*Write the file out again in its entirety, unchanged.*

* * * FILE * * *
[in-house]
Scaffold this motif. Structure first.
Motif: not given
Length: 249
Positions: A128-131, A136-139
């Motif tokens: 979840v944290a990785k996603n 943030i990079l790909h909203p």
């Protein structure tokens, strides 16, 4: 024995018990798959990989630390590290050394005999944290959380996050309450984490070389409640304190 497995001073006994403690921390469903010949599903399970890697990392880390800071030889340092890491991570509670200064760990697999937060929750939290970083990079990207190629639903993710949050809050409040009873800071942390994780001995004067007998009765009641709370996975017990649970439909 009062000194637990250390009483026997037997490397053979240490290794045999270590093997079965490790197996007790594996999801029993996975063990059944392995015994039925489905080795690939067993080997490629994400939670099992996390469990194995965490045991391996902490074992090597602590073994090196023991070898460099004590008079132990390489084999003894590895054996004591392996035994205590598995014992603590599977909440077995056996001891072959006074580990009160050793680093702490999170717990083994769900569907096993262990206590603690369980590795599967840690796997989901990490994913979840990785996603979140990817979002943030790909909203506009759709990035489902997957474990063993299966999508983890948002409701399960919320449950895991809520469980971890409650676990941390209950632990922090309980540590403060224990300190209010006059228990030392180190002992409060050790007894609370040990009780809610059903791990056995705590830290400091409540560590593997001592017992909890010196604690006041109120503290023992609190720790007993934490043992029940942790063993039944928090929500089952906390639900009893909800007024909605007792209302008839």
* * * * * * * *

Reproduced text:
[in-house]
Scaffold this motif. Structure first.
Motif: not given
Length: 249
Positions: A128-131, A136-139
């Motif tokens: 979840v944290a990785k996603n 943030i990079l790909h909203p």
């Protein structure tokens, strides 16, 4: 024995018990798959990989630390590290050394005999944290959380996050309450984490070389409640304190 497995001073006994403690921390469903010949599903399970890697990392880390800071030889340092890491991570509670200064760990697999937060929750939290970083990079990207190629639903993710949050809050409040009873800071942390994780001995004067007998009765009641709370996975017990649970439909 009062000194637990250390009483026997037997490397053979240490290794045999270590093997079965490790197996007790594996999801029993996975063990059944392995015994039925489905080795690939067993080997490629994400939670099992996390469990194995965490045991391996902490074992090597602590073994090196023991070898460099004590008079132990390489084999003894590895054996004591392996035994205590598995014992603590599977909440077995056996001891072959006074580990009160050793680093702490999170717990083994769900569907096993262990206590603690369980590795599967840690796997989901990490994913979840990785996603979140990817979002943030790909909203506009759709990035489902997957474990063993299966999508983890948002409701399960919320449950895991809520469980971890409650676990941390209950632990922090309980540590403060224990300190209010006059228990030392180190002992409060050790007894609370040990009780809610059903791990056995705590830290400091409540560590593997001592017992909890010196604690006041109120503290023992609190720790007993934490043992029940942790063993039944928090929500089952906390639900009893909800007024909605007792209302008839």